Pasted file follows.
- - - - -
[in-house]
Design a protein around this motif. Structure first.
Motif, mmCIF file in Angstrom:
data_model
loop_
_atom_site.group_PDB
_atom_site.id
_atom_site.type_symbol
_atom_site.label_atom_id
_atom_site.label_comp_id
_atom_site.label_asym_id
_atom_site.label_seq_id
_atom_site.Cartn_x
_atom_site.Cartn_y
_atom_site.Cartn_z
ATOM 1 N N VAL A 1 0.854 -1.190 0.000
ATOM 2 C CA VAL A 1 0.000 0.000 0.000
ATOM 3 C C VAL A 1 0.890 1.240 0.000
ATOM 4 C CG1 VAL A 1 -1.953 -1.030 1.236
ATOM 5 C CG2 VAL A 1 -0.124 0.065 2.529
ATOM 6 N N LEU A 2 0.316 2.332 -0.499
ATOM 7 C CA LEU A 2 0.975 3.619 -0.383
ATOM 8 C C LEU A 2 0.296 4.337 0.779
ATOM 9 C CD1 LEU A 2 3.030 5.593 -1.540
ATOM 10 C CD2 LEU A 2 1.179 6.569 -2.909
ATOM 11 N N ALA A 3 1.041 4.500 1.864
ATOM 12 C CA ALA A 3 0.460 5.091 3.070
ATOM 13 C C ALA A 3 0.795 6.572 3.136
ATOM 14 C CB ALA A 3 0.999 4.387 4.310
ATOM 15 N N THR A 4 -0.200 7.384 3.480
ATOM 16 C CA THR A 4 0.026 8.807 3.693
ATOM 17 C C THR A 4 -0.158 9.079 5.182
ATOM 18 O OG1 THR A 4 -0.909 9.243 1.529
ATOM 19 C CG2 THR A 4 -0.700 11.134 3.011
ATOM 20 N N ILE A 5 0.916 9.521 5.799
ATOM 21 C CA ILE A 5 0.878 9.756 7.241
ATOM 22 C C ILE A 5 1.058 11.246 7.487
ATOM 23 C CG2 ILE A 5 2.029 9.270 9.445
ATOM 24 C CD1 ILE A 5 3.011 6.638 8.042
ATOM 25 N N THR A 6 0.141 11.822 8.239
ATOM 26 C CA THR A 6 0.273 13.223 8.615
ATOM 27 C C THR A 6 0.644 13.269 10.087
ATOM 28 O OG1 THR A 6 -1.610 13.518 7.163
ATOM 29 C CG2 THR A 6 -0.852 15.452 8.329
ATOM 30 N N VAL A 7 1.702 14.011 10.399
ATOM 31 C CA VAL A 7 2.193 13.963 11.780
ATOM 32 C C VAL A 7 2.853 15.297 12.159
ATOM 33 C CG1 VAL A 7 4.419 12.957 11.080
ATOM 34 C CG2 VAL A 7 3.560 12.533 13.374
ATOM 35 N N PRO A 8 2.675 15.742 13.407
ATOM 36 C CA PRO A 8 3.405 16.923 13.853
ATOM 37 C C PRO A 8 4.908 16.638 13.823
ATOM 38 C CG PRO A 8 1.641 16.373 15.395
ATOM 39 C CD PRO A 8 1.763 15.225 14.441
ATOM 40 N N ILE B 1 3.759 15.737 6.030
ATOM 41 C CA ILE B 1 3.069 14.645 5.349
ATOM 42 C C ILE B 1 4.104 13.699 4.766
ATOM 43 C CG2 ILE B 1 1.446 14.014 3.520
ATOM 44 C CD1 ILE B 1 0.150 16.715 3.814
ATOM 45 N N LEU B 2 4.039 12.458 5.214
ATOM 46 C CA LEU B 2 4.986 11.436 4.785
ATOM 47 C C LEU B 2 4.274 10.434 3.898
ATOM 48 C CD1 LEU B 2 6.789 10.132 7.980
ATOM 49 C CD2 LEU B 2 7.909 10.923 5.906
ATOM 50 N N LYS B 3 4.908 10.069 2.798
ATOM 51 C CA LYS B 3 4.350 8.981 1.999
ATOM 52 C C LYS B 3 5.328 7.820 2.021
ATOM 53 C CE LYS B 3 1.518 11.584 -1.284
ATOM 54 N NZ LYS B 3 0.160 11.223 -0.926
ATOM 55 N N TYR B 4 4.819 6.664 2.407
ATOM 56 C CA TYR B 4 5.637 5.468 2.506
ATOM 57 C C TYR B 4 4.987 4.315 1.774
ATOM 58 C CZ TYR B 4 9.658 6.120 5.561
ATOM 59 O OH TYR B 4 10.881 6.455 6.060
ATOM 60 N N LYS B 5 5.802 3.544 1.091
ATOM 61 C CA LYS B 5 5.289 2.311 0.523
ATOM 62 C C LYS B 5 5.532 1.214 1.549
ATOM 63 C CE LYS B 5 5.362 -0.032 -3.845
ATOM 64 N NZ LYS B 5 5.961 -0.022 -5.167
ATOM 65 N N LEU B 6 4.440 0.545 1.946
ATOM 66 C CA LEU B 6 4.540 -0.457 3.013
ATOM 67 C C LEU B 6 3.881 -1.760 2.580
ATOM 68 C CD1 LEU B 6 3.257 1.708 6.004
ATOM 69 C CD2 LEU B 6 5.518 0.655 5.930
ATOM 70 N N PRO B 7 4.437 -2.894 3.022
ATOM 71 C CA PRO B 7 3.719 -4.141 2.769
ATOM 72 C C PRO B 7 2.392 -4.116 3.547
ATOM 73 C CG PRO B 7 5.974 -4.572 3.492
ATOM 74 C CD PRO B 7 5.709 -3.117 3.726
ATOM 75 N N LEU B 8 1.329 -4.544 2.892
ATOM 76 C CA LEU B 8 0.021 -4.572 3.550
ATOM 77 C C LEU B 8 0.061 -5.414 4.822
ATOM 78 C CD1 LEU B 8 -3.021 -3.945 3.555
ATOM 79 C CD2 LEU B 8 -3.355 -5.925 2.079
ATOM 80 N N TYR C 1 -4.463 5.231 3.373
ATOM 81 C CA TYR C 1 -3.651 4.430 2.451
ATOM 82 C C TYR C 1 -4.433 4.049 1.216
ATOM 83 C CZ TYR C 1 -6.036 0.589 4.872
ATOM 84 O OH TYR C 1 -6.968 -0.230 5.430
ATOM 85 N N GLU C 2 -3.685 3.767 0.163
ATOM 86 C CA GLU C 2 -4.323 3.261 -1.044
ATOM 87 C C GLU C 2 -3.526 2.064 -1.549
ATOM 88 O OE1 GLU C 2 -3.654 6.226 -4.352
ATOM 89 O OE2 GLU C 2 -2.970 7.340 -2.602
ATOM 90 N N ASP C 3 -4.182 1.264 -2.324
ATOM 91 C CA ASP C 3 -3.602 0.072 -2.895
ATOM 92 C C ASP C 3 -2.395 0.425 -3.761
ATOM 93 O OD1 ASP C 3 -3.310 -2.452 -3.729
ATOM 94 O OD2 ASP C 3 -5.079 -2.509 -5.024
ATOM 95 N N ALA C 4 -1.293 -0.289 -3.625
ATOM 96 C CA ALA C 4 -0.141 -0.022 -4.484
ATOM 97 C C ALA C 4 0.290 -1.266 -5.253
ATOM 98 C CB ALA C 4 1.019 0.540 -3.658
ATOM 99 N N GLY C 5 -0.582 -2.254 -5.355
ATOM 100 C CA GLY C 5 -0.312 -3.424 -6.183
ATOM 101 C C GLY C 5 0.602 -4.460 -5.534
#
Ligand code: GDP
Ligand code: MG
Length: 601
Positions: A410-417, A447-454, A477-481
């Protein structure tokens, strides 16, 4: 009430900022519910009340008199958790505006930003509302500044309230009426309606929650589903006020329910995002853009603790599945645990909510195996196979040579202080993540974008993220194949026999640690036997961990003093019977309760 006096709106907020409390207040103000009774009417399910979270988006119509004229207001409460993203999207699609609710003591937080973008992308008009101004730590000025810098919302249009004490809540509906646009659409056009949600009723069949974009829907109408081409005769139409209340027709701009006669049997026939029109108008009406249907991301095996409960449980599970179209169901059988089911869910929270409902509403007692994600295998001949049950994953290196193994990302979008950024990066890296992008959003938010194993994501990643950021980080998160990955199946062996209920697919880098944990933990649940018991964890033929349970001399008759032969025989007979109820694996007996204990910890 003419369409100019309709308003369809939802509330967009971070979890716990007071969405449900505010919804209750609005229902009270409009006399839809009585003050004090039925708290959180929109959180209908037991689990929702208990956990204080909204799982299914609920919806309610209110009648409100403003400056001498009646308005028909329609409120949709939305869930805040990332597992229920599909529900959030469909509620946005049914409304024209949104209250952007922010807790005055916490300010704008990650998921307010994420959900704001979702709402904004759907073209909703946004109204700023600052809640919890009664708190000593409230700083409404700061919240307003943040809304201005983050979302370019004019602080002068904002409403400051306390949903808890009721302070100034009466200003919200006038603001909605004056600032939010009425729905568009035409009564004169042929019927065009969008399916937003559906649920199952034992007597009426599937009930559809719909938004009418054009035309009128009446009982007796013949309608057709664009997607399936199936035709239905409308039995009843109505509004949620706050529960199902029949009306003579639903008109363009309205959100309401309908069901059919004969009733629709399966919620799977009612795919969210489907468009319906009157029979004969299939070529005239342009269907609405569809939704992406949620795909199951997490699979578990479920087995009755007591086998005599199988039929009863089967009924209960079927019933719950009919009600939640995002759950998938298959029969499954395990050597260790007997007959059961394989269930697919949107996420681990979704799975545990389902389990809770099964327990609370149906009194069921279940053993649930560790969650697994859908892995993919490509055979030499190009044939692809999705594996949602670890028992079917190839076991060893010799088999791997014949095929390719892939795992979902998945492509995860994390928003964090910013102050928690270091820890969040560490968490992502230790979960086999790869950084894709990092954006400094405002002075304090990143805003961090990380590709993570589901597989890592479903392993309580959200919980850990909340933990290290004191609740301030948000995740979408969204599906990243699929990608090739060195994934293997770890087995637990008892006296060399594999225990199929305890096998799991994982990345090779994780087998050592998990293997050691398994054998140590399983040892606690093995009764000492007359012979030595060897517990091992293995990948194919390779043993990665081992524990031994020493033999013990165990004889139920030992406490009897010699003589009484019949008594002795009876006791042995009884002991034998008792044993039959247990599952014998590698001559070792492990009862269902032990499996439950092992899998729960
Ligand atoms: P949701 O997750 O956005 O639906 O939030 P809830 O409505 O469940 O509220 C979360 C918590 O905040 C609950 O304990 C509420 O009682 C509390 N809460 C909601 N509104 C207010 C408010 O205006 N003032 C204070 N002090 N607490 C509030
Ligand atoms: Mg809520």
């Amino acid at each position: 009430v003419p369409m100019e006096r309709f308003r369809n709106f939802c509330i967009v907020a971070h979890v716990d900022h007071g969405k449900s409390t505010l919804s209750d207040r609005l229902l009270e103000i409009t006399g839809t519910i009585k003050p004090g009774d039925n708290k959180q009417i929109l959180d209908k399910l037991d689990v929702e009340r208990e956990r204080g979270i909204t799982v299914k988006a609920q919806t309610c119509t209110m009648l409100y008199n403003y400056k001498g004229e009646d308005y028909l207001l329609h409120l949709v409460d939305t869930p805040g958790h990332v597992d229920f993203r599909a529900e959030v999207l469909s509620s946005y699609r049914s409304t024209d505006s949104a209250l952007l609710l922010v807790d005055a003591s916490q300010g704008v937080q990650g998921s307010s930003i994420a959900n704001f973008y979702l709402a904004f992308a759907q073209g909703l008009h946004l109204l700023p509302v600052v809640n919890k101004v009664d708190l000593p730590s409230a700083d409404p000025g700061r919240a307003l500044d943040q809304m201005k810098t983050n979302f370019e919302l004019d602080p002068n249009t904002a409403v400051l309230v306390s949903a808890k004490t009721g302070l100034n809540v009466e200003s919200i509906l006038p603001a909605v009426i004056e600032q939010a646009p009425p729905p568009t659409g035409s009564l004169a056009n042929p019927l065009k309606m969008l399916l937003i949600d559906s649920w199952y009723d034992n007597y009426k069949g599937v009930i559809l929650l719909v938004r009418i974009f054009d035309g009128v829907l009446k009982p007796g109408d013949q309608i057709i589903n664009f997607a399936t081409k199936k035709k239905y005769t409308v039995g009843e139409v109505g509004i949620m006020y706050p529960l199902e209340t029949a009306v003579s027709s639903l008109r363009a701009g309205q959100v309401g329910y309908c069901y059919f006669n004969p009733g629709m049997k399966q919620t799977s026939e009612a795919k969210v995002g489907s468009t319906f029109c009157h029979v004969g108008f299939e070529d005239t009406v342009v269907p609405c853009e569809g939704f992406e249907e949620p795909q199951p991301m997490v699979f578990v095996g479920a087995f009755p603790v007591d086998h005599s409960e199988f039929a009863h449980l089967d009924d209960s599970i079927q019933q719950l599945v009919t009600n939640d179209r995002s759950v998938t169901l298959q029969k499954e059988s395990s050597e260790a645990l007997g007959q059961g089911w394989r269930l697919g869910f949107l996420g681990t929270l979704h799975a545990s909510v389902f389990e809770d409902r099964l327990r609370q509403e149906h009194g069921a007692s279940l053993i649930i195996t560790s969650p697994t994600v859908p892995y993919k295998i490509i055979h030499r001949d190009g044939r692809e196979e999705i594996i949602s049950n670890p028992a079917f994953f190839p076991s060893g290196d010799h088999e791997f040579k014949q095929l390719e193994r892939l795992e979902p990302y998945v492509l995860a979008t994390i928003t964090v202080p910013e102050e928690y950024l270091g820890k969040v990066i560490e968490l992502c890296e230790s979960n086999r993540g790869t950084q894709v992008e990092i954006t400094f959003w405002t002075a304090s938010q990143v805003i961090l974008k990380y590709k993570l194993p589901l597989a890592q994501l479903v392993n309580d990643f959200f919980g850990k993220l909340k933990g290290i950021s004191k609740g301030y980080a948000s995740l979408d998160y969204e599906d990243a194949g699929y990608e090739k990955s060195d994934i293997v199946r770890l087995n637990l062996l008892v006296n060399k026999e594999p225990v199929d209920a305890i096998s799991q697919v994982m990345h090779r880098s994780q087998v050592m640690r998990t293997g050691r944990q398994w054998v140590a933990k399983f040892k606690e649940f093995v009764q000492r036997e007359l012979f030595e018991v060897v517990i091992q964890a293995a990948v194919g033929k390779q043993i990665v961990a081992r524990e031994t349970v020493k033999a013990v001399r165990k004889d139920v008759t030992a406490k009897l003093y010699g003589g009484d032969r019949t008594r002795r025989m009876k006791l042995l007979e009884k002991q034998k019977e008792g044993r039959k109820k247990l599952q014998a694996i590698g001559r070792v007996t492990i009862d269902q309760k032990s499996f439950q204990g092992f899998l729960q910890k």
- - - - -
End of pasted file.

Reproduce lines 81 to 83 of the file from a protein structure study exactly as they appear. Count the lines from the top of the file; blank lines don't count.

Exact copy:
ATOM 66 C CA LEU B 6 4.540 -0.457 3.013
ATOM 67 C C LEU B 6 3.881 -1.760 2.580
ATOM 68 C CD1 LEU B 6 3.257 1.708 6.004